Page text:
Is it a binding contract? Don’t be so sure! | Nelson Mullins Riley & Scarborough LLP


In the still choppy waters of the Compatriot test to determine whether a contract is enforceable, the United States District Court for the Central District of Louisiana recently plunged its toe. The question before the court was whether the bonds issued to an oil and gas company were enforceable. The district court, upholding the lower bankruptcy court, ruled that they were not. The analysis of this opinion makes it possible to understand why sureties are not enforceable and to draw lessons from it for both creditors and debtors.

The case, Argonaut Insurance Co. v. Falcon V, LLC, et al. (Regarding Falcon V LLC), MD La, No. 20-00702-BAJ-SDJ, results from the post-confirmation stage of a Chapter 11 matter. Argonaut Insurance Company (“Argonaut”) has provided surety bonds to the debtor as part of its relations with certain donors of mining rights. These bonds provided that the debtor would pay premiums, Argonaut would provide the bonds, and if a lessor made a claim on a bond, after paying on the bond, the debtor would indemnify Argonaut. Above all, the surety bonds were irrevocable.

At the onset of bankruptcy, the debtor sought relief on the first day to continue the surety bond program, describing it as an essential service that must continue in order for the debtor to remain in business. The bankruptcy court approved the continuation of the program and the debtor continued to pay the premiums throughout the case. Argonaut filed proof of claim in the event that it argued that the obligations were non-assumable and non-assignable “financial accommodations”.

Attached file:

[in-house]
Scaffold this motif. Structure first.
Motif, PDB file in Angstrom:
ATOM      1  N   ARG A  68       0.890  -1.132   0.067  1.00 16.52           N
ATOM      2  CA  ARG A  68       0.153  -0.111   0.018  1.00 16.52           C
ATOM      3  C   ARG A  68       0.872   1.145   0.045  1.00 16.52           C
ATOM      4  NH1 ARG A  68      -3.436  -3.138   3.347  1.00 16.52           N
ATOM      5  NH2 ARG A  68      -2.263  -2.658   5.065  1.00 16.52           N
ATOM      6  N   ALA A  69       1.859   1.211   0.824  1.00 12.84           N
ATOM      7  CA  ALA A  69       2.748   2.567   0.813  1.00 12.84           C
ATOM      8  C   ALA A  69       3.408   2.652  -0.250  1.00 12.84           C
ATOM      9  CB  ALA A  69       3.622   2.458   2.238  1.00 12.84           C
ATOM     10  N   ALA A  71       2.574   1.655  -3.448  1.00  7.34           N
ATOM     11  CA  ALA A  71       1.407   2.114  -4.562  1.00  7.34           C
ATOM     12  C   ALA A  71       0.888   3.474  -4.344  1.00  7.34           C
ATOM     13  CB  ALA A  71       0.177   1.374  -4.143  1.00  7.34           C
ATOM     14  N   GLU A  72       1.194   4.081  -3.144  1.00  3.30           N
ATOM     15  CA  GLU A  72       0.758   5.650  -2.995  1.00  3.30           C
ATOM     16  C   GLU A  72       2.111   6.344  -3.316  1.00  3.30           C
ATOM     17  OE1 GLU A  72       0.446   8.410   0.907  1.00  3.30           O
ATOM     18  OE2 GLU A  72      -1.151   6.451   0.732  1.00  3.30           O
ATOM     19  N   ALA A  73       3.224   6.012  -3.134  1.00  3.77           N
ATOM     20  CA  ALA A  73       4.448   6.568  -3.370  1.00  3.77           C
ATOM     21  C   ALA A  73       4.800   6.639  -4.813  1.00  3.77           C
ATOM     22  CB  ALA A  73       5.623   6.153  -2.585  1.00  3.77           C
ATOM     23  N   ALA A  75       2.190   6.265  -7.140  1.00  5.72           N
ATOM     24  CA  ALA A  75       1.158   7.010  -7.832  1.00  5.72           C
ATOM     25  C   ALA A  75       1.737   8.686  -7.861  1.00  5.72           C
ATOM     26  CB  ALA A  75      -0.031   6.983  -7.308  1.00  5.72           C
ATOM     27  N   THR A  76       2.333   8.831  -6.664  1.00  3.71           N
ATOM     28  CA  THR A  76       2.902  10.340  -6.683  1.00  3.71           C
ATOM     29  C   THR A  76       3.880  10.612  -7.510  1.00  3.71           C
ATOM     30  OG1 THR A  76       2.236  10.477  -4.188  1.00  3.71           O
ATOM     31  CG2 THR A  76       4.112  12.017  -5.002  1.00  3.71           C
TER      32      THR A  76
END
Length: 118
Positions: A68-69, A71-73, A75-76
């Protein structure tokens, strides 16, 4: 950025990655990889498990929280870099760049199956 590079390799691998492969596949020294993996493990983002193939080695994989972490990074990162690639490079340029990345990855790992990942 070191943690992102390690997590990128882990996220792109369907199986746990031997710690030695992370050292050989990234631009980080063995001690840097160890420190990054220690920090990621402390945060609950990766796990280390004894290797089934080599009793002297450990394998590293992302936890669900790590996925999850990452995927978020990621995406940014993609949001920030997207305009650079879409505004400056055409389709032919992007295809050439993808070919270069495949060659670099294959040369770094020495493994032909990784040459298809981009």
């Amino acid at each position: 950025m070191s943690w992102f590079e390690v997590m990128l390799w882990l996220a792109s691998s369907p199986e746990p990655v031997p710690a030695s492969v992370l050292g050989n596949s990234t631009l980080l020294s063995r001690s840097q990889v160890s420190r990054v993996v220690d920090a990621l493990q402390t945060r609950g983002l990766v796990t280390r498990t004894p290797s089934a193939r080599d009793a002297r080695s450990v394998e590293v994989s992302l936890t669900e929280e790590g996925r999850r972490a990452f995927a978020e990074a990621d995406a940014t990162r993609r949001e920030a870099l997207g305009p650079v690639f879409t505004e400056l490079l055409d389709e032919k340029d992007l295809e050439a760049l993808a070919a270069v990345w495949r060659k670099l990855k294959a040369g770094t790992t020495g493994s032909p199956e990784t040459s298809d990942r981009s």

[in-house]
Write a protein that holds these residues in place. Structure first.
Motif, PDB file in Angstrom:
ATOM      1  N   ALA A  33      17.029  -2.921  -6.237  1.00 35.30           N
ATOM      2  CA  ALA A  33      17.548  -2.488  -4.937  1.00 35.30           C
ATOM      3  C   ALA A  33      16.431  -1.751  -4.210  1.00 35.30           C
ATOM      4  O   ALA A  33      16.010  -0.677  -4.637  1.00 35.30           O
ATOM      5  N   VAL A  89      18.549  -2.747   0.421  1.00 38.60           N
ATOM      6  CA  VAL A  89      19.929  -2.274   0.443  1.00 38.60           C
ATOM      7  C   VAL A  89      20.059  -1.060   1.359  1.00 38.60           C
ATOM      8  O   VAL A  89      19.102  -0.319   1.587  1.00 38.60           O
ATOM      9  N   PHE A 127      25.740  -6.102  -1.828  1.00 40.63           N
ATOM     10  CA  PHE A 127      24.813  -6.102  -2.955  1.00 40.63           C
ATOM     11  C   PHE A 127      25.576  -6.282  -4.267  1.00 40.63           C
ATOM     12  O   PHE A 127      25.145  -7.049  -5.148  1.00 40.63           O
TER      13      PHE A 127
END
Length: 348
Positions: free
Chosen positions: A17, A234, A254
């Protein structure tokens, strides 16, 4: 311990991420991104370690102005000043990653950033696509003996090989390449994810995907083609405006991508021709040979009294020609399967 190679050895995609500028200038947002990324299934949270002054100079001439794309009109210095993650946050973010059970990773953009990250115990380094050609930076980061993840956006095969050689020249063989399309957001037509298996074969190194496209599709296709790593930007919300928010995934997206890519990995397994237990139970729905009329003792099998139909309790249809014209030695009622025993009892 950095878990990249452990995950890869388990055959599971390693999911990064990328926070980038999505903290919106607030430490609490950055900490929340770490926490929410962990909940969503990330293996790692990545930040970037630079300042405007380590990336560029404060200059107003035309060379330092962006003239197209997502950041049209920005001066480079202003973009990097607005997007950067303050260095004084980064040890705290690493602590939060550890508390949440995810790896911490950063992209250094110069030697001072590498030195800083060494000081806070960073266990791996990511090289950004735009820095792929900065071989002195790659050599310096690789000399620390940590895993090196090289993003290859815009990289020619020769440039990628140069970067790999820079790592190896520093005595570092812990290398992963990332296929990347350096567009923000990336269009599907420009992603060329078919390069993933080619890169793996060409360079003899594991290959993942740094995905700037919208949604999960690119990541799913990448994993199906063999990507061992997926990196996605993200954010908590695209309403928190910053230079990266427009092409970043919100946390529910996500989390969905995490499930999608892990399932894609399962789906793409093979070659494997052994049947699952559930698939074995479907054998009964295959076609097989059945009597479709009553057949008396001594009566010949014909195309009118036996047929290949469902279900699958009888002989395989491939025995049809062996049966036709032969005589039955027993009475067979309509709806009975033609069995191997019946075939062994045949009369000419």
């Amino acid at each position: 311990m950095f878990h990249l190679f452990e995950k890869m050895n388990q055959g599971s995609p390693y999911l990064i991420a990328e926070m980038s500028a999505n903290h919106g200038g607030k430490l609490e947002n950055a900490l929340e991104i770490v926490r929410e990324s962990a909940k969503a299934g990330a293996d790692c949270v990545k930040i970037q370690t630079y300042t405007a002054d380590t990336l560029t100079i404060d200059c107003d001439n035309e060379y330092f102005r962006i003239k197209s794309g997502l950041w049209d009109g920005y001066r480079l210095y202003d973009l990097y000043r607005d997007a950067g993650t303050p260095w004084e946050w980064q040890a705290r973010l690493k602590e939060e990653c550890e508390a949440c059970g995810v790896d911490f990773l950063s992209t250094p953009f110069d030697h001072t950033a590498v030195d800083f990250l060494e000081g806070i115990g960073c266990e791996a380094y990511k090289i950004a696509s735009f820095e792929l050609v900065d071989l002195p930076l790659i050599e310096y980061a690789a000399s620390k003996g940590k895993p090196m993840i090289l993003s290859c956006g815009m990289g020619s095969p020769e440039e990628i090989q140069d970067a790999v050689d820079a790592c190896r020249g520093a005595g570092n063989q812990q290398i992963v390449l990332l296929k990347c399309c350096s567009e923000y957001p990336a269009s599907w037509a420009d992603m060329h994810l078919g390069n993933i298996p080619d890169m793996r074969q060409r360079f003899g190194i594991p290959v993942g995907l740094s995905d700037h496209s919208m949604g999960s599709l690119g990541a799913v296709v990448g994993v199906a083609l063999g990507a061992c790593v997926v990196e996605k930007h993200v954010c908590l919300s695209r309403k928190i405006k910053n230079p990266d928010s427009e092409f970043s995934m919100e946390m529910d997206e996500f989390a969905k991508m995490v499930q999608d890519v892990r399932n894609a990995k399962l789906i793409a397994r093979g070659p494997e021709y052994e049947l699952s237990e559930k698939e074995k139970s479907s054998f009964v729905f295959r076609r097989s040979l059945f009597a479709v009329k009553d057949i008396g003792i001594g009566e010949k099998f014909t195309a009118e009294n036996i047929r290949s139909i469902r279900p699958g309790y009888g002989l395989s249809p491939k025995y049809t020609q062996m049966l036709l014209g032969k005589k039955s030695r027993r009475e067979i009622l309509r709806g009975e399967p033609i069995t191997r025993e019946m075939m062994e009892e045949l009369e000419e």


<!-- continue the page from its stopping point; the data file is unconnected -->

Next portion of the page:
The debtor was able to successfully confirm a reorganization plan, which Argonaut did not oppose. One of the provisions of the plan provided that enforceable contracts which were not expressly rejected were automatically assumed by the reorganized debtor. The plan included a list of enforceable contracts that did not include the bond program.

After the plan was confirmed, the debtor continued to pay premiums to Argonaut for a few months, but then stopped making payments. Argonaut responded by requiring the reorganized debtor to obtain discharge of obligations or provide additional security for them, as provided for in indemnification agreements entered into under the surety bond program. The reorganized debtor responded by claiming that Argonaut’s claims violated the discharge injunction under the plan. See Articles 524 and 1141 of the Bankruptcy Code. Argonaut then filed a petition with the bankruptcy court for a declaration that the obligations were included in the enforceable contracts automatically assumed by the plan. The bankruptcy court ruled that the bonds were not enforceable contracts and, therefore, were not automatically assumed by the plan. On appeal, the district court confirmed.